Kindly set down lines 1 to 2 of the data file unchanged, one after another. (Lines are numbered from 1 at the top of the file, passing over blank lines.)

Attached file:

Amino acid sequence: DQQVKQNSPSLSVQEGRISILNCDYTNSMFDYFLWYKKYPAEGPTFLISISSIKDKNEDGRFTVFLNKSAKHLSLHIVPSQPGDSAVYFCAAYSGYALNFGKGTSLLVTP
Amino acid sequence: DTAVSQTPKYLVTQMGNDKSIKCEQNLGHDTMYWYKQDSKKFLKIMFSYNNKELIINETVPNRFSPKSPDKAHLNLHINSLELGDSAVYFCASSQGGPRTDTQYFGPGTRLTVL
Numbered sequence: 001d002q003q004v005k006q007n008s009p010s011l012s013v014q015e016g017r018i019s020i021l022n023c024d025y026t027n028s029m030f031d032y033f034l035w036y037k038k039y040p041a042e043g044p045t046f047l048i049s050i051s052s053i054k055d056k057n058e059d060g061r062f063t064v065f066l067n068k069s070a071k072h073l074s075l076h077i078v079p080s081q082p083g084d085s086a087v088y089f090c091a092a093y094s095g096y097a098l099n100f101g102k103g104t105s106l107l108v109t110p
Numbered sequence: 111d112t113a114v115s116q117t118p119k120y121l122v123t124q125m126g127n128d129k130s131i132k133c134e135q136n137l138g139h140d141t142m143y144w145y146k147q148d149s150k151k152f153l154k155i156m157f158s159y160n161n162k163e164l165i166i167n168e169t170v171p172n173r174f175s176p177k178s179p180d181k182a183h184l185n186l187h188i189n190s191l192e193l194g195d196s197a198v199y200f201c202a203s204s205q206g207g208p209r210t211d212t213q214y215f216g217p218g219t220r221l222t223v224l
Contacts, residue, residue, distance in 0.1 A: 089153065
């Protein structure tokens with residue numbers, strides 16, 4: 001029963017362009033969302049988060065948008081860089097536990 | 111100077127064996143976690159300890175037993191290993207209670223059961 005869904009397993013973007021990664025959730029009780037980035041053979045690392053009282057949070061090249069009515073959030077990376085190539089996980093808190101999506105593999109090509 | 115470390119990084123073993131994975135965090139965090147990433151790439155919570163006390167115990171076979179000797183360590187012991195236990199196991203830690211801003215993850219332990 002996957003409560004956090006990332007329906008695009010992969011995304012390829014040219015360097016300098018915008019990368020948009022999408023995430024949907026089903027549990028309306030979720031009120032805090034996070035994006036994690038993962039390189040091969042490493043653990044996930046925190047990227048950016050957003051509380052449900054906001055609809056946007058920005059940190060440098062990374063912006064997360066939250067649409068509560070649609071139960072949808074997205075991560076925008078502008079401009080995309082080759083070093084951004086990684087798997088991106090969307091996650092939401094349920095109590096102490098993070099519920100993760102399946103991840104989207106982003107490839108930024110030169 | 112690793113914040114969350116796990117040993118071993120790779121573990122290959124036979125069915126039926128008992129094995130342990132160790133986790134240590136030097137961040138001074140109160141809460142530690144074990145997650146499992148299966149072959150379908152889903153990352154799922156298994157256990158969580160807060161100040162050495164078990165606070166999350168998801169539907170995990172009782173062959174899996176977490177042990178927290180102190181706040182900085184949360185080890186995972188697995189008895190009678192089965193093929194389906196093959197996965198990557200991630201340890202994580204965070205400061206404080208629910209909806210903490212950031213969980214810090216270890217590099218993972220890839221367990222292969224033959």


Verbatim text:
Amino acid sequence: DQQVKQNSPSLSVQEGRISILNCDYTNSMFDYFLWYKKYPAEGPTFLISISSIKDKNEDGRFTVFLNKSAKHLSLHIVPSQPGDSAVYFCAAYSGYALNFGKGTSLLVTP
Amino acid sequence: DTAVSQTPKYLVTQMGNDKSIKCEQNLGHDTMYWYKQDSKKFLKIMFSYNNKELIINETVPNRFSPKSPDKAHLNLHINSLELGDSAVYFCASSQGGPRTDTQYFGPGTRLTVL